With the clock winding down, and precious time to lose, Kiefer Sutherland, star of Fox’s hit (and sorely missed) television extravaganza 24, has just revealed that a movie based on the popular real-time thriller is expected to commence shooting eight months from now. A few weeks ago it was reported that Fox had passed on Billy Ray’s (State of Play) big screen treatment of 24, but now, according to a recent interview with Sutherland via Extra, everything is apparently back on track. Sutherland had this to say:
“It’s a very difficult thing to take something you’ve done for eight years, almost two hundred episodes, and try to find a story that’s going to be unique and yet service the history of the show as well”
Kiefer Sutherland has been meeting with director Tony Scott (Unstoppable) in regards to possible plot ideas for the film, though nothing official has been reported. Presumably, the film will pick up right where season eight left off, with Jack on the run Dark Knight-style. Hit the jump for the interview.
Danny Boyle’s 127 Hours is one of 2010’s overlooked gems. I happened to catch a screening of it in Las Vegas back in December and I can honestly say it’s one of the director’s finest works. Of course it helps to have James Franco on board, delivering a heart wrenching, even gutsy performance as Aron Ralston, the daredevil hiker/mountain biker who became trapped in a gorge after an accident left his right hand pinned between a rock and a hard place. I should also mention the film contains one of the most graphically explicit hand-chopping sequences I’ve ever paid witness to (the bit makes Saw look like a children’s PBS special). Despite my wild enthusiasm for the film, I’m sorry to say not many people have had a chance to see Boyle’s work. That’s because it’s currently showing on just 76 screens across the country.
Well, fret no longer movie fans! According to THR, 127 Hours is getting a pre-Oscar expansion in order to take advantage of Franco’s sure-to-be-nominated performance. Fox Searchlight is planning on expanding the film to more than 600 screens January 28, three days after the Oscar noms are announced, which should give you plenty of time to see this magnificent tour de force before the Academy Awards on February 27. Franco himself will host along with Anne “Catwoman” Hathaway. Hit the jump for the trailer and the synopsis.
Ah, the Super Bowl. An event like no other. It’s uniqueness lies in the fact that you don’t really even have to care about the teams that are playing because there’s so much more to savor. Whether it be those silly Budweiser ads, the whacked-out, over the top halftime shows that typically star musical icons many presumed dead; or, most importantly, the movie trailers.
In fact, since my Seahawks were eliminated in the Super Bowl way back in 2005 (and seeing as it’ll probably be the Steelers vs. Green Bay for XLV … yawn), the only reason I’ve watched the program is to get a sneak peak at the latest masterpieces/disasters that Hollywood has in store for us. Speaking of which, we now have our hands on this year’s locked-in Super Bowl ads, all of which are enough to get me stoked for the big day when I take into consideration the hefty lineup of films set to debut new footage.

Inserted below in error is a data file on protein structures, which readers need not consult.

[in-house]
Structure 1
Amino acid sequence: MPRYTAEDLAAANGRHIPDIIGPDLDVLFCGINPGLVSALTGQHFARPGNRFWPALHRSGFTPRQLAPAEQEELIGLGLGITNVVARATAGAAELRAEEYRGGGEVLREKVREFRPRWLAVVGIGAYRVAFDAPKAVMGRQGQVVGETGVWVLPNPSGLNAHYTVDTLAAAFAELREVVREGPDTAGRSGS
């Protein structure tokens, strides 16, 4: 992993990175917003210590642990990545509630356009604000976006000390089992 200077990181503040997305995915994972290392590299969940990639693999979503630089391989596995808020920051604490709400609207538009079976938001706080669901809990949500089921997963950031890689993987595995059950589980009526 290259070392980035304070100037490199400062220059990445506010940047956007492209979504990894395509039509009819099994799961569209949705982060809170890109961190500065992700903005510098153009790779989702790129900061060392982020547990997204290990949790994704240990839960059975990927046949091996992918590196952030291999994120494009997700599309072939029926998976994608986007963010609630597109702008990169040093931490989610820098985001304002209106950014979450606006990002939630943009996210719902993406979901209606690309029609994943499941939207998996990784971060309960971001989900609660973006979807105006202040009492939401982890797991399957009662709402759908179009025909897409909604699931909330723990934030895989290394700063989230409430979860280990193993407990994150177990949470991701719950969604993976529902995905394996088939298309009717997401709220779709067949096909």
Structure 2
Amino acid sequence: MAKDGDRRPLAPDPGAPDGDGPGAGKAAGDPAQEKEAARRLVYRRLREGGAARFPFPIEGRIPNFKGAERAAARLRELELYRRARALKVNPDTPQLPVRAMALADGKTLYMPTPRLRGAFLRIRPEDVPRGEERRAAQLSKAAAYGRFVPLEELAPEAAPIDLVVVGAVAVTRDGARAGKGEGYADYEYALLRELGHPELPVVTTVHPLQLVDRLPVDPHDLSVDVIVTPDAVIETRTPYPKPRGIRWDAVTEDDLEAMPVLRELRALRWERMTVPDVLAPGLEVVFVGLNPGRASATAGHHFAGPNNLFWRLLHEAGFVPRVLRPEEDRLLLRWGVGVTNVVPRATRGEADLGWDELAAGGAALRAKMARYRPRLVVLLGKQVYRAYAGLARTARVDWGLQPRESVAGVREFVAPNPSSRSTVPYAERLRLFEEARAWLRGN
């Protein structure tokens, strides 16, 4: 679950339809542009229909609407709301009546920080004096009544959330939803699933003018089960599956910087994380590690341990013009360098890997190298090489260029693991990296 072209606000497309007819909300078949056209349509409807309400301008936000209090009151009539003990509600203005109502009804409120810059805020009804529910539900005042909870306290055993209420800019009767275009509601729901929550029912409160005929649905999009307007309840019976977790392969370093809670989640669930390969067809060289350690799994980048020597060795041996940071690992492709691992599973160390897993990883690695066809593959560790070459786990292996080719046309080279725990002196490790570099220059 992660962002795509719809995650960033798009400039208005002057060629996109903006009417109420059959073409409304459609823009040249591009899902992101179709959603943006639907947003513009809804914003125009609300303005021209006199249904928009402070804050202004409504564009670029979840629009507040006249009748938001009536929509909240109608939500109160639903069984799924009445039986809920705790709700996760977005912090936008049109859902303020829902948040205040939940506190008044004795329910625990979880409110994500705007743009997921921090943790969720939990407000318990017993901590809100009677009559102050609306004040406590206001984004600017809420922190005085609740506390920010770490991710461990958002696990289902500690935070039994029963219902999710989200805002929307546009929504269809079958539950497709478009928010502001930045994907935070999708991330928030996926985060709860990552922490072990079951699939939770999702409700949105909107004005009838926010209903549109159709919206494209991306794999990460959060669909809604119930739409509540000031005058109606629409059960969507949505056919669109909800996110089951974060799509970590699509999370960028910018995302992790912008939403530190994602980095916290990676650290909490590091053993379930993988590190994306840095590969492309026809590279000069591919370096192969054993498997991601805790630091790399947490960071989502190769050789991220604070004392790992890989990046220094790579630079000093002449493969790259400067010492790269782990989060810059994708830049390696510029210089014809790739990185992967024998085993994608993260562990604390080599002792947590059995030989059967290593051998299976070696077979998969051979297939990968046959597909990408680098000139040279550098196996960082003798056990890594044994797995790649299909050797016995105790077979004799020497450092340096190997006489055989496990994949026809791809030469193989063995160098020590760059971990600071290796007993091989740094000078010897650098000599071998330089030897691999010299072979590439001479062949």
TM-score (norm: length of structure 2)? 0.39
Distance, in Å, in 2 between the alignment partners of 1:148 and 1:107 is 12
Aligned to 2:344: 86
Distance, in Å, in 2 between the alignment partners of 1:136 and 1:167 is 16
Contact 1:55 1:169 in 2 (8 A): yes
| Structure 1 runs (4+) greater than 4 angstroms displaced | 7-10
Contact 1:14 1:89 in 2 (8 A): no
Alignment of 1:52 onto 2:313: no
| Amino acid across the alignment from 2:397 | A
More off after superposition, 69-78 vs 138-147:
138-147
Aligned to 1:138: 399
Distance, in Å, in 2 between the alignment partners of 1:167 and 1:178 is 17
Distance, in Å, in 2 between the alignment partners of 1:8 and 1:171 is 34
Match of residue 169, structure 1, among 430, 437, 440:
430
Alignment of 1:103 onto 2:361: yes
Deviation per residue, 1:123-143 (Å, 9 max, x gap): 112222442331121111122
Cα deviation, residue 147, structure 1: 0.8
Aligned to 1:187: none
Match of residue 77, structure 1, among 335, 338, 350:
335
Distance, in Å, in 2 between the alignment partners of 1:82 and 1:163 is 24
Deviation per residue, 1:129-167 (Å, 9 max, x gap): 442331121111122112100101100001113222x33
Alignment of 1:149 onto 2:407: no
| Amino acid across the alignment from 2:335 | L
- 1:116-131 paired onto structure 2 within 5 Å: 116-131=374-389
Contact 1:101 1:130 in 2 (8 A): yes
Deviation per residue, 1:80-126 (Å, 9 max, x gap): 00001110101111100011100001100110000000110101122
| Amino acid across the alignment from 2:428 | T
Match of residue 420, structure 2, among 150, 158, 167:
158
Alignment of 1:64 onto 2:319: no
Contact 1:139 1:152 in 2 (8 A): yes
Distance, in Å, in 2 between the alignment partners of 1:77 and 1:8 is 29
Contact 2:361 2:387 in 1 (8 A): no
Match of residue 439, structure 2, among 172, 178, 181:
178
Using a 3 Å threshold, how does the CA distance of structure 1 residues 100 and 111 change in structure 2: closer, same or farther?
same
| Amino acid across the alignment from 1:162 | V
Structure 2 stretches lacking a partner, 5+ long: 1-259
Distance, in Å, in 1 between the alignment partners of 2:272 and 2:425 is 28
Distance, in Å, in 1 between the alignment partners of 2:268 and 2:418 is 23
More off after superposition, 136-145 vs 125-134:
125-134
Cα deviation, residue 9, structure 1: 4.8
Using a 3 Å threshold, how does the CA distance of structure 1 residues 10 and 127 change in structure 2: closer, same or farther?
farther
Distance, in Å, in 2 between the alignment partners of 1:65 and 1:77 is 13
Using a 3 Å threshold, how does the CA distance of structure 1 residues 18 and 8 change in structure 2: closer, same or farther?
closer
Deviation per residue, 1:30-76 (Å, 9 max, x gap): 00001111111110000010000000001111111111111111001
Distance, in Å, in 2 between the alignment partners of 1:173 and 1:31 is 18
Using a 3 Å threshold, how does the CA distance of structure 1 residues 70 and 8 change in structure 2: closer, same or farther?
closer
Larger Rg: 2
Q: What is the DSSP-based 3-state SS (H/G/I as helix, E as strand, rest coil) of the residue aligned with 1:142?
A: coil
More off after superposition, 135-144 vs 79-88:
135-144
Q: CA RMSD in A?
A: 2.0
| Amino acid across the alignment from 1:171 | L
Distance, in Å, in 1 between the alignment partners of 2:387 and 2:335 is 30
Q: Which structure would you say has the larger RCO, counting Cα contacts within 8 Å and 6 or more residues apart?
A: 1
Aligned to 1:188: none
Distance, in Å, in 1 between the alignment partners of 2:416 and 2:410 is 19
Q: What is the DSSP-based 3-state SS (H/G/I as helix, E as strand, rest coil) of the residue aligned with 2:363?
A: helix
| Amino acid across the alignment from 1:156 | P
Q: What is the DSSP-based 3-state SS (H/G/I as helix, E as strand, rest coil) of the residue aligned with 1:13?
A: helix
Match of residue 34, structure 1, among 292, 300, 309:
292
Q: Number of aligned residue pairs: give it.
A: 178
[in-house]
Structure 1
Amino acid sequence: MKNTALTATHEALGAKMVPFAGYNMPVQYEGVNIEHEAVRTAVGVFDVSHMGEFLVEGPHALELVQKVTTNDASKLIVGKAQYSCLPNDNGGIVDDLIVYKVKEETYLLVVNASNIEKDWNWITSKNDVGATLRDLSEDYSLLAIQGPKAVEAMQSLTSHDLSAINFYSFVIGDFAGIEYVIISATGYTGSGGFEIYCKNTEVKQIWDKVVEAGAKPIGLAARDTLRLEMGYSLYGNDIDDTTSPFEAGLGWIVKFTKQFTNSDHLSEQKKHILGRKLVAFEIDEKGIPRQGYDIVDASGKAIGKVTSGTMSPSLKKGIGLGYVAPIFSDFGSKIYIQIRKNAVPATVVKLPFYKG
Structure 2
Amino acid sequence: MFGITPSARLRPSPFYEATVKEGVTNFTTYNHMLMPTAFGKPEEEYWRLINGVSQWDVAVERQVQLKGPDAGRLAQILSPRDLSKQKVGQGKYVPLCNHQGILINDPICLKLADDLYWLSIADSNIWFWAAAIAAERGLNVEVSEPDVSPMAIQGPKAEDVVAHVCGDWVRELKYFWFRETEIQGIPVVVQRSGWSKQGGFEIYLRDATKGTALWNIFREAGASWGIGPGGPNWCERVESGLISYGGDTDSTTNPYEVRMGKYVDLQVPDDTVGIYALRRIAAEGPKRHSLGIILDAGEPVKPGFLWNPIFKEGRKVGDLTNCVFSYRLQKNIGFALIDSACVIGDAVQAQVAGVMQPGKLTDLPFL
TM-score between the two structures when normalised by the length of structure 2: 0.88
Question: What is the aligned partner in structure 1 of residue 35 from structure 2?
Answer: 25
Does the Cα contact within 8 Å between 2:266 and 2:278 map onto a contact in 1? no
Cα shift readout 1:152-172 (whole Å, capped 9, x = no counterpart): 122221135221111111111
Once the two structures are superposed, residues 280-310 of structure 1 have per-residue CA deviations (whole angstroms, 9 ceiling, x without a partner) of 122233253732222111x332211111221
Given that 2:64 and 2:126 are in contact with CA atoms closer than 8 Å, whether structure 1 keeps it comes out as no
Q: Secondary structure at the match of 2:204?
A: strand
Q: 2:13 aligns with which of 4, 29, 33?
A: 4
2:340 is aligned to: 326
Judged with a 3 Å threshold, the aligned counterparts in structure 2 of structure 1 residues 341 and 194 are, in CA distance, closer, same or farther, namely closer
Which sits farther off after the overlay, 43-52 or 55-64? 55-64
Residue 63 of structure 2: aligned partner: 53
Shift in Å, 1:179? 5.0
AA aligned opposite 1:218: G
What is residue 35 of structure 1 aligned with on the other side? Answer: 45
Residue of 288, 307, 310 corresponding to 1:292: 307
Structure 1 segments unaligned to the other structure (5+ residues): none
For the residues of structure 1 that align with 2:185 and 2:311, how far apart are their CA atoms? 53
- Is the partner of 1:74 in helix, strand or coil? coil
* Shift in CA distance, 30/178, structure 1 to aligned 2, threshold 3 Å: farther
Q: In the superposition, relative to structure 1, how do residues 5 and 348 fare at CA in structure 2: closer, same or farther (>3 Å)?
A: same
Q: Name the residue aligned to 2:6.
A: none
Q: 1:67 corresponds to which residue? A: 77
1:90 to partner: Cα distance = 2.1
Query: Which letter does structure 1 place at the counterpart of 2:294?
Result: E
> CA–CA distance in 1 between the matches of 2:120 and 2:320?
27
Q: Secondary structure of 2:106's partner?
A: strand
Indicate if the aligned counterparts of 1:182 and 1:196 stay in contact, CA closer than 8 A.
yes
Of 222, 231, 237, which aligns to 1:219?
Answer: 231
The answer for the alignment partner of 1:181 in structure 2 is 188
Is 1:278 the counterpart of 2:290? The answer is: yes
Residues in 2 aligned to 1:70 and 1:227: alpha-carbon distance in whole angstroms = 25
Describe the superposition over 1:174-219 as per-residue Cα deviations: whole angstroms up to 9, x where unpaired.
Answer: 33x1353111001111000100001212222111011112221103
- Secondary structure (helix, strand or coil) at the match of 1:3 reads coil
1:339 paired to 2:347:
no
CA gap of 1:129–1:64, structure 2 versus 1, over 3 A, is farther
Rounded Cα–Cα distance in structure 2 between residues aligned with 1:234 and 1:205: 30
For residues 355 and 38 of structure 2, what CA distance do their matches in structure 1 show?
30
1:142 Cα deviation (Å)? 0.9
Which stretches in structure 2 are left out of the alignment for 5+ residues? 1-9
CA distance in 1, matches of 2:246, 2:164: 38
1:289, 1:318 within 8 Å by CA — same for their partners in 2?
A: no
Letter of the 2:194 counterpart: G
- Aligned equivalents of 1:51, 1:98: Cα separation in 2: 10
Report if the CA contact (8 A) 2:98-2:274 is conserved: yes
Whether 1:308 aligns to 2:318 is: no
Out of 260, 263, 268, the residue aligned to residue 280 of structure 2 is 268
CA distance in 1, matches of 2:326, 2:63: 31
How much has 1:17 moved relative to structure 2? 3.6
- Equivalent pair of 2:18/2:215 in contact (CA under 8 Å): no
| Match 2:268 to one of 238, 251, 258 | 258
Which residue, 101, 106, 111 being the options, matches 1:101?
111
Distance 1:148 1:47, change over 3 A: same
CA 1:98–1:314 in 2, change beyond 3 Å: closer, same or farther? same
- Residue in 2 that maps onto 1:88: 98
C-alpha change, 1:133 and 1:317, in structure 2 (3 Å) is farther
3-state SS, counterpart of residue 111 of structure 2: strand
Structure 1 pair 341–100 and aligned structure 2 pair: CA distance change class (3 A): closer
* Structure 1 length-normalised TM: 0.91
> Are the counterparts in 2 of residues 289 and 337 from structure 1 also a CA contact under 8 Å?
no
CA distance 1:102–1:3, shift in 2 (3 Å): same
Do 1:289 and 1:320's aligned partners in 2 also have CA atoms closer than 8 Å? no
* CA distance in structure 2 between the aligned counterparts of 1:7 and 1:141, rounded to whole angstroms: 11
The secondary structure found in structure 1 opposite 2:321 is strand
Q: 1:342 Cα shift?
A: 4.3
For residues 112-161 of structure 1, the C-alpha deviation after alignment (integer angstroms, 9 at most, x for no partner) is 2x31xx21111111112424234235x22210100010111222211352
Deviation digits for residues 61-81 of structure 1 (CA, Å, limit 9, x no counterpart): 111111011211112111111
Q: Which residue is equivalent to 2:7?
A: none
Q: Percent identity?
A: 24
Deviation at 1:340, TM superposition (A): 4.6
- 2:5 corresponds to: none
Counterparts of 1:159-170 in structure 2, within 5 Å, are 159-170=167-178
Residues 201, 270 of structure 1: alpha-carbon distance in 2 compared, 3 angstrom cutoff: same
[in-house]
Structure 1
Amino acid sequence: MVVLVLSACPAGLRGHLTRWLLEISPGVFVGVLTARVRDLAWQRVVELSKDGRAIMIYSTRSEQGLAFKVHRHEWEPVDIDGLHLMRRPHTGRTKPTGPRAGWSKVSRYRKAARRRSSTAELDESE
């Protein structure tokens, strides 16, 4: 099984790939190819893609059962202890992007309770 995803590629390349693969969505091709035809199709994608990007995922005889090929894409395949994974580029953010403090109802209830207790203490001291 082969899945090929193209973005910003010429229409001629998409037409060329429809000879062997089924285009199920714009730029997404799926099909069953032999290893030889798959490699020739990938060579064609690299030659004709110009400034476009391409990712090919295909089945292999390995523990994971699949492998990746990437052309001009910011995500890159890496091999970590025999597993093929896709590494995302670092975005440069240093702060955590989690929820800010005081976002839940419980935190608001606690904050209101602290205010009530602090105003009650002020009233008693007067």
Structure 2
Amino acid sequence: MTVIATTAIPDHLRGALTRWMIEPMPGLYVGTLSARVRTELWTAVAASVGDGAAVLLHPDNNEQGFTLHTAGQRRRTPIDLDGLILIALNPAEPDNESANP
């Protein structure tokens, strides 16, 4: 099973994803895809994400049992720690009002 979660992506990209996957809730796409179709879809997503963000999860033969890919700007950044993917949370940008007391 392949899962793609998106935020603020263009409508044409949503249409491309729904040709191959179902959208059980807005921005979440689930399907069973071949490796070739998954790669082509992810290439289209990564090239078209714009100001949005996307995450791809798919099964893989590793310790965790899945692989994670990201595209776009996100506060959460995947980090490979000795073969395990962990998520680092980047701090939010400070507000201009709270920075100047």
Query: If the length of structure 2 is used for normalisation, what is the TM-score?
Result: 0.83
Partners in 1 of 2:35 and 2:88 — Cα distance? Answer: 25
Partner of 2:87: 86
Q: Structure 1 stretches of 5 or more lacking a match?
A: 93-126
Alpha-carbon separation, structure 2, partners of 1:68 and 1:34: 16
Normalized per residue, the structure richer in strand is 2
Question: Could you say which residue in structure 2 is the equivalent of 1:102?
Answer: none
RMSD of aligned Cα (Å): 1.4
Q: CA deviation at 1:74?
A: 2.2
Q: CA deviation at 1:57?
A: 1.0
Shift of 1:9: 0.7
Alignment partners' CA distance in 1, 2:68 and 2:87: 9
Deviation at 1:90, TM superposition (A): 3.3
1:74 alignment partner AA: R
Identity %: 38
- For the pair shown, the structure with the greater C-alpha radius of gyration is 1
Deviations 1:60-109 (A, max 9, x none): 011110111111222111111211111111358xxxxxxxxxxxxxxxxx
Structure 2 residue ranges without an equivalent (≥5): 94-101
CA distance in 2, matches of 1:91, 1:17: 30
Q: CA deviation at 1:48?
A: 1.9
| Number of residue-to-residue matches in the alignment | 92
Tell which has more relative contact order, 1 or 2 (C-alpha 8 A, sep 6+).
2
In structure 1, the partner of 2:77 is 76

Among those included are Paramount’s Super 8 and Transformers: Dark of the Moon. For the complete list, as well as a look at the trailers that will debut during the pre-game festivities, hit the jump.
Dimension Films has just released a new trailer for Scream 4 and it’s actually quite good with tons of new action-packed footage not seen in the original teaser. Not that I was worried or anything, but after the disappointing Scream 3, my expectations for this third sequel haven’t exactly been through the roof. In all actuality, I’m just curious to see how many members of the original cast will get offed.
Scream 4 reunites Neve Campbell, Courteney Cox, David Arquette and director Wes Craven. The screenplay was written by Kevin Williamson who penned the scripts for Scream and Scream 2. The thriller is set to open April 15. Check out the trailer after the jump, but be warned, there is much spoiler-ish action on display – don’t say I didn’t warn you!
Now that The Fighter has become a hit with both audiences and critics alike, it’s safe to say director David O. Russell (who recently received a DGA award nomination) has his choice of projects. Having already jumped on board to write and direct the film adaptation of the popular Uncharted video game series, Russell is also in talks to team up with actor-comedian Vince Vaughn. The duo are attempting to adapt Boom! Studios’ comic book 2 Guns for the big screen.